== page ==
As per the Manheim Used Vehicle Value Index, a gauge of wholesale market prices for used vehicles, the wholesale used-vehicle prices for October declined by about 10.6 percent on a year-over-year basis – the worst since December 2008.
Wholesale prices of used luxury cars, sports utility vehicles and pick-up trucks are down by 13.5 percent, 12.3 percent and 8.4 percent, respectively. The retail price that car shoppers are paying for used cars has also increased 7.2 percent since last year, according to the Department of Labor‘s latest consumer price index.
The index that tracks the price of what car dealerships pay at auto auctions was down in eight of the last nine months and declined for the fifth straight month. With borrowing costs continuing to skyrocket, experts say wholesale used-vehicle prices could decline significantly more.
“Used car prices, once considered the barometer of how bad inflation has become, are now moderating. In fact, they have been dropping for a year. As supply-chain shortages moderate, this closely-watched gauge will likely continue to decline, helping curb overall inflation. The move may also support the narrative that the Fed can scale back its rate increases, boosting stocks,” Bloomberg‘s Vincent Cignarella said.
According to Federal Reserve banker and founder of Sahm Consulting Claudia Sahm, the Fed knows that import prices are falling, producer prices have really decelerated overall and wage growth has slowed down.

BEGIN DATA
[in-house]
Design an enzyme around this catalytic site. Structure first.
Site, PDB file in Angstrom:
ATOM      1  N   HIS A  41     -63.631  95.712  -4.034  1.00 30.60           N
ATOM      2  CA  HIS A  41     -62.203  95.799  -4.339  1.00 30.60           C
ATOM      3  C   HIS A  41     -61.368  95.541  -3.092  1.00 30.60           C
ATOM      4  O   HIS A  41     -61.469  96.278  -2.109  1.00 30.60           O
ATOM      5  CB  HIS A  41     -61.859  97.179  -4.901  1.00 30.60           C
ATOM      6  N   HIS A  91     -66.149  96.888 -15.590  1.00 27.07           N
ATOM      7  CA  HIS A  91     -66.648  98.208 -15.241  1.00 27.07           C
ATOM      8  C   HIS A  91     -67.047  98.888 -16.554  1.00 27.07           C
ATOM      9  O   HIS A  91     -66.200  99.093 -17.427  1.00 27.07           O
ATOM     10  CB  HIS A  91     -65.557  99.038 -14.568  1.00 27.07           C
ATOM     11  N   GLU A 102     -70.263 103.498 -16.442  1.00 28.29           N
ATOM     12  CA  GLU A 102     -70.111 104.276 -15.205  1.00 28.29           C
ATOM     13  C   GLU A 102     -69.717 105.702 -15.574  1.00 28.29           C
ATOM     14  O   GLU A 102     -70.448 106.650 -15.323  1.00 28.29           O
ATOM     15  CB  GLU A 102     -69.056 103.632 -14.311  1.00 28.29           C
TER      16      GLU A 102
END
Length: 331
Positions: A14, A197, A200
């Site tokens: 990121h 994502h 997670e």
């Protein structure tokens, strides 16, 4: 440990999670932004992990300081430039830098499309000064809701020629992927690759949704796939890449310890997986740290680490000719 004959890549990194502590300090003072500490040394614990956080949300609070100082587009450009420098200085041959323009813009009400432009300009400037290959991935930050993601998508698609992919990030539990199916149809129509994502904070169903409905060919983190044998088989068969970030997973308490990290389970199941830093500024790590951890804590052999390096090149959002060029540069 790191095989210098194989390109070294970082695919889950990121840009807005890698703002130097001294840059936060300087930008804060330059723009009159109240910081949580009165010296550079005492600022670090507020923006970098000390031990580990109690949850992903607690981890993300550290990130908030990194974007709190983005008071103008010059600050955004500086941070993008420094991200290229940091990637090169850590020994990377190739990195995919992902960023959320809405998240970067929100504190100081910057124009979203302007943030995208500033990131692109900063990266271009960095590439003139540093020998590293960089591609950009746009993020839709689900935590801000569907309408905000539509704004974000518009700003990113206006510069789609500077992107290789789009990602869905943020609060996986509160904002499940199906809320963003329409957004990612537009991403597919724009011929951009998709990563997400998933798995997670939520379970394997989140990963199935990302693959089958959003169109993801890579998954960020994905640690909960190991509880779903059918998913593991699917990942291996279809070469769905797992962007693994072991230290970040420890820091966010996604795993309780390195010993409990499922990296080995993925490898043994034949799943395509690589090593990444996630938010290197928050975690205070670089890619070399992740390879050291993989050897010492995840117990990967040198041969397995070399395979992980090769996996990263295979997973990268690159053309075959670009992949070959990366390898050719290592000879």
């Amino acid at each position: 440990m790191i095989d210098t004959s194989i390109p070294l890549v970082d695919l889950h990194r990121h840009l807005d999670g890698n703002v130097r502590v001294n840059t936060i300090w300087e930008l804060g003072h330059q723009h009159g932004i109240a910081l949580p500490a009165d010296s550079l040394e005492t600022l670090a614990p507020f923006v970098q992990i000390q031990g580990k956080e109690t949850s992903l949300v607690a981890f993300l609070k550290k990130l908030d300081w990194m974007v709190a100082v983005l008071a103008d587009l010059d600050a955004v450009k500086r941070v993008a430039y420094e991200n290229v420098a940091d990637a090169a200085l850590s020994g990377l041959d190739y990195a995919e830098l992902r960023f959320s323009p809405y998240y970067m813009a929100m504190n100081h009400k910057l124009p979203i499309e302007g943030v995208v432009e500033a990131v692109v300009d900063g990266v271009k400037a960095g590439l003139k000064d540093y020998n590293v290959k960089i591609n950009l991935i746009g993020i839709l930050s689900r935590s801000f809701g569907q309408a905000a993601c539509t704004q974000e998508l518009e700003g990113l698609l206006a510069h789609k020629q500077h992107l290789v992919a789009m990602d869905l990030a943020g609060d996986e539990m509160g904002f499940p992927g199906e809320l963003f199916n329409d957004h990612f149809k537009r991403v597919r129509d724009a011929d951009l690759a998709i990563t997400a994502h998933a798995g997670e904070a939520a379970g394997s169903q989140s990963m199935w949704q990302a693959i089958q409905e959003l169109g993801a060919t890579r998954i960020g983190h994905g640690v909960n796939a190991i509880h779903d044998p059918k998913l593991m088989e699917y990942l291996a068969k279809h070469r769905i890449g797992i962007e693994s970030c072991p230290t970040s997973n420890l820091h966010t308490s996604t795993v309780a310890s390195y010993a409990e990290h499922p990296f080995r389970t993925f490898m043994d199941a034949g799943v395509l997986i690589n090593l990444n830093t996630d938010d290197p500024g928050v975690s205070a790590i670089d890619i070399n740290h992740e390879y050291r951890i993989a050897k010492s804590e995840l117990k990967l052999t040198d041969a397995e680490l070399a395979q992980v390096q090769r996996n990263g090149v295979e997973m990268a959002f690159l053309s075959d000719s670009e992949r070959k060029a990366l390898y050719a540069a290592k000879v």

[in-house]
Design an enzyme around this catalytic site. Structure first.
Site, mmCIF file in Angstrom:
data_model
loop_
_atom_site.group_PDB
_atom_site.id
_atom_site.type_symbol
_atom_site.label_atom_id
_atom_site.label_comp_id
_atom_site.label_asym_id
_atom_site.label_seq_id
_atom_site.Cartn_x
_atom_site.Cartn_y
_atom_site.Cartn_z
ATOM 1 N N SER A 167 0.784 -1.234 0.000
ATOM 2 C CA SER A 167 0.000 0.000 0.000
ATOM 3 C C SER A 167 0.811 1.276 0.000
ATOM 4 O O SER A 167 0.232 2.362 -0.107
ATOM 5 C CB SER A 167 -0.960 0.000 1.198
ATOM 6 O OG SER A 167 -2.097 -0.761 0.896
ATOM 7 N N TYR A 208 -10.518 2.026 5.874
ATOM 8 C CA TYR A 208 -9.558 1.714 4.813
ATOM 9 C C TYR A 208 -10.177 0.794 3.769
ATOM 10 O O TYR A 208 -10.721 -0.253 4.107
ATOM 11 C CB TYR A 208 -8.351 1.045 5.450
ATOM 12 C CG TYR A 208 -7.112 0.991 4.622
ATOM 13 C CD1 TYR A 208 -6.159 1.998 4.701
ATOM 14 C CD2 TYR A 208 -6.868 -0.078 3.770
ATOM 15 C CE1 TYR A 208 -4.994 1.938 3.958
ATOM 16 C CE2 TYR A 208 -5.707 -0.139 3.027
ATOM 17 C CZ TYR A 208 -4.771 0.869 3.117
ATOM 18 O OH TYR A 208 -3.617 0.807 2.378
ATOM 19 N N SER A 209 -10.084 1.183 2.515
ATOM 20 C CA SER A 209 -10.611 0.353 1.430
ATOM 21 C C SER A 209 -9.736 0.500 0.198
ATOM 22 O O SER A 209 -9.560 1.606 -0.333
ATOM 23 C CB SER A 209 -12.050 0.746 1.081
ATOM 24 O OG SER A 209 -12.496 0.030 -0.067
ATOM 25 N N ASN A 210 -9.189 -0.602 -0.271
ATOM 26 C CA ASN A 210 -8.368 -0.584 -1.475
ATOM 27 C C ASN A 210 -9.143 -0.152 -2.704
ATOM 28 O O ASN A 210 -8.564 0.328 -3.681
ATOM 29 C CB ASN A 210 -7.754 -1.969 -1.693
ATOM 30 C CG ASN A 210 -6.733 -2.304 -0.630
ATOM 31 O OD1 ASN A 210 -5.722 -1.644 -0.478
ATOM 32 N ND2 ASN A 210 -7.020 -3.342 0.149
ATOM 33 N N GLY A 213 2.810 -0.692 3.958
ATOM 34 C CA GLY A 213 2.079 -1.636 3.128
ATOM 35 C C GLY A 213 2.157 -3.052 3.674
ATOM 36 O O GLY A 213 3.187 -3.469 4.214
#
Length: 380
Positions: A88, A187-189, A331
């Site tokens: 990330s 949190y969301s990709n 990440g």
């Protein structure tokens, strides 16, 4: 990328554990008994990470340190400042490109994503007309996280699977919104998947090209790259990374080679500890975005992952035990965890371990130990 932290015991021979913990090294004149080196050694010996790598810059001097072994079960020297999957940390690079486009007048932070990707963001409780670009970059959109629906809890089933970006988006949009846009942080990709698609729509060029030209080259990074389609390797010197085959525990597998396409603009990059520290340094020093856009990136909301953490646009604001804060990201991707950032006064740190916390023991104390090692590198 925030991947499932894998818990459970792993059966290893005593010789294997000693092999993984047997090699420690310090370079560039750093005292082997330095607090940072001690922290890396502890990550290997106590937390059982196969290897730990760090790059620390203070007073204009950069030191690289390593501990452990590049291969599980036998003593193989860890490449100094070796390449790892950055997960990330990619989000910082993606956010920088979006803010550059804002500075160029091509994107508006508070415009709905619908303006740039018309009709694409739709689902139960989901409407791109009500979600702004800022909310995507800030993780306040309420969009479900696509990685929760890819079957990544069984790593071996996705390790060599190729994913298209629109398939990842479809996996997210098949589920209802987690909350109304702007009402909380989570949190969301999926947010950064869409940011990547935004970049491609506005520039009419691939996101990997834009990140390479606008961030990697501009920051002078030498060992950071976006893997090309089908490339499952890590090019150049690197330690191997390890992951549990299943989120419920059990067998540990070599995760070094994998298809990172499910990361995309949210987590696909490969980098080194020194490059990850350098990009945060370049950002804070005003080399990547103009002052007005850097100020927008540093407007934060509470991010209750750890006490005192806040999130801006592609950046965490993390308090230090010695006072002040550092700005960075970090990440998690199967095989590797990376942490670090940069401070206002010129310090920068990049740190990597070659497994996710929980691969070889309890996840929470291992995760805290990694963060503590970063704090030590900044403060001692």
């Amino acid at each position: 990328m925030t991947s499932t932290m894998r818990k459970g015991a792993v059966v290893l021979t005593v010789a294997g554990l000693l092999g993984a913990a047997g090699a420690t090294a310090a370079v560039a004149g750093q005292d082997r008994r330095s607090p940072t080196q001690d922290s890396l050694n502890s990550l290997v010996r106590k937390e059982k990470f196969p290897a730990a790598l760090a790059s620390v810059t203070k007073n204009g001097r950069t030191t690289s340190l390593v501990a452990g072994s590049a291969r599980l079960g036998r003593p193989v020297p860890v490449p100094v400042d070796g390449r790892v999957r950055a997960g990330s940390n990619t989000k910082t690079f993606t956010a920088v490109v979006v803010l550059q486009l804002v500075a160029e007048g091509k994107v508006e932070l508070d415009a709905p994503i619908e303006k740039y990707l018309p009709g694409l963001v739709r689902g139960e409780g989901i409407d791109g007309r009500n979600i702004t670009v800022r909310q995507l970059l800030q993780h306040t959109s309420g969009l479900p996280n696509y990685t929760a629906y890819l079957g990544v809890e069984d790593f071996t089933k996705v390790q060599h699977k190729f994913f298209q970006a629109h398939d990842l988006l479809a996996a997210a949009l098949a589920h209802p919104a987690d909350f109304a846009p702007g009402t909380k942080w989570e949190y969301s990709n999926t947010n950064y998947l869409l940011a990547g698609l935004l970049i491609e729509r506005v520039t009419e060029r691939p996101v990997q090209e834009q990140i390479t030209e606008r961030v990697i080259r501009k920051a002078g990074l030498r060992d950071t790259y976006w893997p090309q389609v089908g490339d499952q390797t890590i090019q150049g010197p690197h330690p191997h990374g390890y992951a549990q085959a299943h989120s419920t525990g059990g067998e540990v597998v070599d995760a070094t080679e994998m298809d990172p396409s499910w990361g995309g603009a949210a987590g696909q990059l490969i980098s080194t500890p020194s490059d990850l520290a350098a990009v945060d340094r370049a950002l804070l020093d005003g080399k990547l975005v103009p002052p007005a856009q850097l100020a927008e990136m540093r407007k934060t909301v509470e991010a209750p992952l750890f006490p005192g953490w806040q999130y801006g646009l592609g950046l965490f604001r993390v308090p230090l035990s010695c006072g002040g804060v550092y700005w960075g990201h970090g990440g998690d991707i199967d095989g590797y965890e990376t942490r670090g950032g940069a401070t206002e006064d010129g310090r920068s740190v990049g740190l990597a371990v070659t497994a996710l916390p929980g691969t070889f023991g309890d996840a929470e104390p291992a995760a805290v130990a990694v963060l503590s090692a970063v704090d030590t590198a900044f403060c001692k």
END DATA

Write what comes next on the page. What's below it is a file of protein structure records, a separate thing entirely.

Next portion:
Study: Despite massive drop in prices, consumers still can’t afford used cars
Since January 2009, used car prices have already recorded a year-over-year decline. However, with consumer income only rising 13 percent, they could still not afford to buy or pay for them. (Related: Used car prices are finally starting to drop, but many consumers still can’t afford payments.)
A recent study by automotive search engine iSeeCars, used car affordability is down to 26.7 percent from August 2019 to August 2022. For new cars, it is double the mentioned rate. “Due to supply chain shortages and increased demand, the rising prices of new and used cars have outpaced income growth,” noted Karl Brauer, the site’s executive analyst.
According to the research website, 33 used cars that were affordable between April and December 2019 were no longer affordable from January through August 2022. First on the list of three-year-old models that are now more expensive for buyers is the Toyota Avalon, now selling for $13,181 more than it did in 2019. The Chevrolet Traverse, Volvo S60, Ford Mustang and Acura TLX complete the top five.
“This is yet another indicator of how drastically prices have shifted on used cars in recent years,” Brauer said. “When you have a used Toyota RAV4’s price going from $20,534 to $32,090 in three years, there’s a clear indicator of affordability lost.”
He added that car shoppers would still need to replace their vehicles. The drop in affordability means shoppers are either taking longer loan terms and paying higher interest rates, putting down less money for a down payment or even forgoing the kind of car they originally wanted for a lower-cost model in order to make ends meet.
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